Revitalization of Native American languages takes hold in universities

As the 44th annual Symposium on the American Indian continues through this weekend on campus, Northeastern State University is hosting the Revitalizing Endangered Languages Conference.

To kick it off, Mary Hermes, associate professor of curriculum and instruction at the University of Minnesota, on Friday gave a presentation called “Enchanted with the Modern: Why Revitalization Is Not Just About Looking In the Past.”

Hermes works with the community at the Waadookodaading Ojibwe Language Immersion School to revitalize the language, and spoke of the importance of language and its significance to culture.

Brad Montgomery-Anderson, associate professor of Cherokee and Indigenous Studies at NSU, said Hermes was invited because of her experience with language, communities, and revitalization.

Montgomery-Anderson said NSU has always put a priority on language; there are only four degree programs in the U.S. in indigenous language, with NSU offering one.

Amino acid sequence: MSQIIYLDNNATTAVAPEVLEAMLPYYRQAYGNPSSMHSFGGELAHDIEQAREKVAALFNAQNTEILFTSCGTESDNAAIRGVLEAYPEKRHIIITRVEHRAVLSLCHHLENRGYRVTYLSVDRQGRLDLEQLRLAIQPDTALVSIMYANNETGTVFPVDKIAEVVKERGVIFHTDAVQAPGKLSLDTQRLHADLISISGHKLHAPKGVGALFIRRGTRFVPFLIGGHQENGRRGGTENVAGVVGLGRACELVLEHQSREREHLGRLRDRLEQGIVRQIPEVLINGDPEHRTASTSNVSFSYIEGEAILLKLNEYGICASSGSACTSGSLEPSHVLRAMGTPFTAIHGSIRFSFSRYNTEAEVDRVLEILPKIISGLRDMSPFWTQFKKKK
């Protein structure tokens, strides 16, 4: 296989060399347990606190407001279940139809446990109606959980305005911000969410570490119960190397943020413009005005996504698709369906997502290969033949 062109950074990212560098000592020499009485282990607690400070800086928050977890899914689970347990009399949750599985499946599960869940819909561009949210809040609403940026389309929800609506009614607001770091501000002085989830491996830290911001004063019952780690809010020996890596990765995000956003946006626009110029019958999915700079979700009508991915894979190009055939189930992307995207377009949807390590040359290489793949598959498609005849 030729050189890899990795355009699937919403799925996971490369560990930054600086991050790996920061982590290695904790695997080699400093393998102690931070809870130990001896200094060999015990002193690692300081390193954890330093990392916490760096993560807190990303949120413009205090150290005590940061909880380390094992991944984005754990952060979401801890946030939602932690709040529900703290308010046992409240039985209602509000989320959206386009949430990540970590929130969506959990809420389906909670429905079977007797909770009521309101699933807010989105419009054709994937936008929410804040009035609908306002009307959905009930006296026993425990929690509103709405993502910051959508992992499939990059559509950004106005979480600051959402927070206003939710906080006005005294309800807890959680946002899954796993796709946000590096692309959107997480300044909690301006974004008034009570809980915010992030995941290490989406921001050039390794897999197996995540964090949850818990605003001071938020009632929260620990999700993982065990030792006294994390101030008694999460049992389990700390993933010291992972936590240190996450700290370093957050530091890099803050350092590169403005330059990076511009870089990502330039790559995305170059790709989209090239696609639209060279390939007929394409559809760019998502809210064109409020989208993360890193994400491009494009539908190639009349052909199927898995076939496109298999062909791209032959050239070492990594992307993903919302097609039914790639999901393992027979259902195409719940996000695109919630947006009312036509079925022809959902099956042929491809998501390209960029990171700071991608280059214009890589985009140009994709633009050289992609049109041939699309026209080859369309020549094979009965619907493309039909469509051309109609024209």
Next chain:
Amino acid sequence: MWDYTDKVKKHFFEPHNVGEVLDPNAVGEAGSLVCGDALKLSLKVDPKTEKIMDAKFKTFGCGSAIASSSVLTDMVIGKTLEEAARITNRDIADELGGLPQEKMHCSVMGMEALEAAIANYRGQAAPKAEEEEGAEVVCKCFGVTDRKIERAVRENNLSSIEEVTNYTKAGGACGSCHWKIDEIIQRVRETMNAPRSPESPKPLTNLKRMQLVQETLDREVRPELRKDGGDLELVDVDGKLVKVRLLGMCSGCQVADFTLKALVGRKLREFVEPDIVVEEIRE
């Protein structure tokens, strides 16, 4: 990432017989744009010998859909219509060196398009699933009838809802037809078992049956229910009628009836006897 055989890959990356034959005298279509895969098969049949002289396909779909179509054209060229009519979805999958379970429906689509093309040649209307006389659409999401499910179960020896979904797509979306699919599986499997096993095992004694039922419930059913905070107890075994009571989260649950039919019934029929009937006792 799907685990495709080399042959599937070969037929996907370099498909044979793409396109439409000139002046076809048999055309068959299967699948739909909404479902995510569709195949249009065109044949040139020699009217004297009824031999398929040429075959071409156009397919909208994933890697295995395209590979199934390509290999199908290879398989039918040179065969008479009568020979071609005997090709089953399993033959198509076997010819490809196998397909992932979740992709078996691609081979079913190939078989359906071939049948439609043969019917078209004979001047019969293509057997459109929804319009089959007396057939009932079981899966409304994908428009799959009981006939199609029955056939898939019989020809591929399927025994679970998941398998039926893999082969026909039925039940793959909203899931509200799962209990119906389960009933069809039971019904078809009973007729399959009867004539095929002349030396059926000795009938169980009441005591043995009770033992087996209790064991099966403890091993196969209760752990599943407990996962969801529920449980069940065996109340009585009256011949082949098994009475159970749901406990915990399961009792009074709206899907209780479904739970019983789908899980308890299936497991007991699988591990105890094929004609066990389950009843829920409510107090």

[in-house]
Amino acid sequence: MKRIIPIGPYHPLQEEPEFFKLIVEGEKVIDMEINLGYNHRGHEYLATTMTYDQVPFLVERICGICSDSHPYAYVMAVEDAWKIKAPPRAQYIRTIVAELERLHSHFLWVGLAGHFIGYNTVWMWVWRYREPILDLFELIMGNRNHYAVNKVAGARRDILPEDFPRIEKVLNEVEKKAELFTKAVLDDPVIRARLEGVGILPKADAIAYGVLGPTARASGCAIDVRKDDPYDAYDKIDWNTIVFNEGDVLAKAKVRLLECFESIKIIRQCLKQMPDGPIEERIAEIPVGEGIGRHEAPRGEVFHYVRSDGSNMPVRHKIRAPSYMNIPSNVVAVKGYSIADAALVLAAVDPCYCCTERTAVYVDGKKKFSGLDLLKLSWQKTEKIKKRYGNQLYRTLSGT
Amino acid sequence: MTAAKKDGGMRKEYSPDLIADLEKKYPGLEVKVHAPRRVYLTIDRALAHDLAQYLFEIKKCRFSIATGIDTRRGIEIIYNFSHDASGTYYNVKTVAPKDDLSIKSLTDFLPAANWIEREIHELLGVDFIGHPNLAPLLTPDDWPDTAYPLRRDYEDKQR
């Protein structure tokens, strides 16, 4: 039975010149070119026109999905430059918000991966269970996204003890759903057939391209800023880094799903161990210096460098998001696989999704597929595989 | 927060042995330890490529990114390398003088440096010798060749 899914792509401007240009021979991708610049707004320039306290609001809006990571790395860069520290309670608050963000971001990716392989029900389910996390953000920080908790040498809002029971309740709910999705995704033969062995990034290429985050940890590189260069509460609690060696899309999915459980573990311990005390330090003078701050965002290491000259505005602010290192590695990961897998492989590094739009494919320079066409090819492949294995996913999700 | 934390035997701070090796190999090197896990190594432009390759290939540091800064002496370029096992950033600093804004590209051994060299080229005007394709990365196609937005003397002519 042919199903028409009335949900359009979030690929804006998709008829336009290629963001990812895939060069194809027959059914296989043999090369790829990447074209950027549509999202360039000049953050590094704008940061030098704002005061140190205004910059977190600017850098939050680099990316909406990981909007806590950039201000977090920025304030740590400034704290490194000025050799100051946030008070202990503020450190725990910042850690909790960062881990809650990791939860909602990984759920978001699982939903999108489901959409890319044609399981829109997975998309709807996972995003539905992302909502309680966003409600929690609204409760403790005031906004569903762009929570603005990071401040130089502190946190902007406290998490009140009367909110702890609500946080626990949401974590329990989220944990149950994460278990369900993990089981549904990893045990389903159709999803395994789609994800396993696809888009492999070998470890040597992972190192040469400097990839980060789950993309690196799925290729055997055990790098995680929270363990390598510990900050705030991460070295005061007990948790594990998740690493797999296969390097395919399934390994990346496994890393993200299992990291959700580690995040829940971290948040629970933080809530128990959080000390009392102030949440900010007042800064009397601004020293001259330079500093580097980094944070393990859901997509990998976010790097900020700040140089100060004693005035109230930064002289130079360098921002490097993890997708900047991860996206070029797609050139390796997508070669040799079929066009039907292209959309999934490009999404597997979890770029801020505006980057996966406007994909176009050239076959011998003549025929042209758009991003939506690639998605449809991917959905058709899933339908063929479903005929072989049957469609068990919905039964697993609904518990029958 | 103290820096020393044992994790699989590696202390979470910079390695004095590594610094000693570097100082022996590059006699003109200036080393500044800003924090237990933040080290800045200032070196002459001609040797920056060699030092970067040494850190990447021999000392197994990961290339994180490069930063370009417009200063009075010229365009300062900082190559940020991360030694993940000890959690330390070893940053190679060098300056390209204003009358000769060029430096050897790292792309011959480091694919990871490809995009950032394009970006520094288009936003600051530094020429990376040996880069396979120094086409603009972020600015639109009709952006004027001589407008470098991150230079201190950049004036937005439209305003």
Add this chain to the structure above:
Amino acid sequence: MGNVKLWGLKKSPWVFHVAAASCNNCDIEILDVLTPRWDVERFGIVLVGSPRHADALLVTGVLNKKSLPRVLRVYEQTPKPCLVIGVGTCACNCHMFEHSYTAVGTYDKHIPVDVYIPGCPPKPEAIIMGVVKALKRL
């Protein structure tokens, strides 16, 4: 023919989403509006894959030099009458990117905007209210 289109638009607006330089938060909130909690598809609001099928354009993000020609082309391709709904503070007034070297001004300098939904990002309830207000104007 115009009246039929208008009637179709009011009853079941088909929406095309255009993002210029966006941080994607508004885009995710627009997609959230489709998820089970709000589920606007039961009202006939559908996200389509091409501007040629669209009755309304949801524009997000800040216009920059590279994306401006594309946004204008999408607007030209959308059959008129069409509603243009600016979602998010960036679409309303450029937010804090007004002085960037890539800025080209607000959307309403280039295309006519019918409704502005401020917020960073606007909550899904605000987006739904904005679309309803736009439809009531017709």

At Arizona State University (ASU), Navajo is not only a language that may be learned through classes; it’s a way for students to reconnect to their culture.

Teaching classes in Navajo is also helping to revitalize what is now classified as a dying language, said Jolyana Begay, an American Indian Studies instructor who teaches beginner and intermediate Navajo classes.

I really feel that it is my duty, my role as a speaker of the language to ensure its existence and teach to our future generations. It makes me happy that students take a very strong interest in the language,” Begay said.

The Center for Indian Education at ASU, created 51 years ago as a research, teaching and outreach effort, works with the Navajo Nation, Gila River Indian Community, and others in the state.

There are about 175 to 200 Native American languages still spoken in the United States said Teresa McCarty, the co-director for the Center for Indian Education at ASU.

Of those languages, only about 20 are still being passed down to children as first languages. Most of these Native American languages are spoken by individuals beyond childbearing age — many of them elders over age 65 — putting the languages at risk of being permanently silenced.

Once a language becomes silent, unless it has been well documented through video and audio recordings, it is extremely difficult for that language to be spoken in its original form.

See full article about conference at Northeastern University.

See article about Navajo classes at Arizona State University.

See 2010 article on the Center for Indian Education at ASU.

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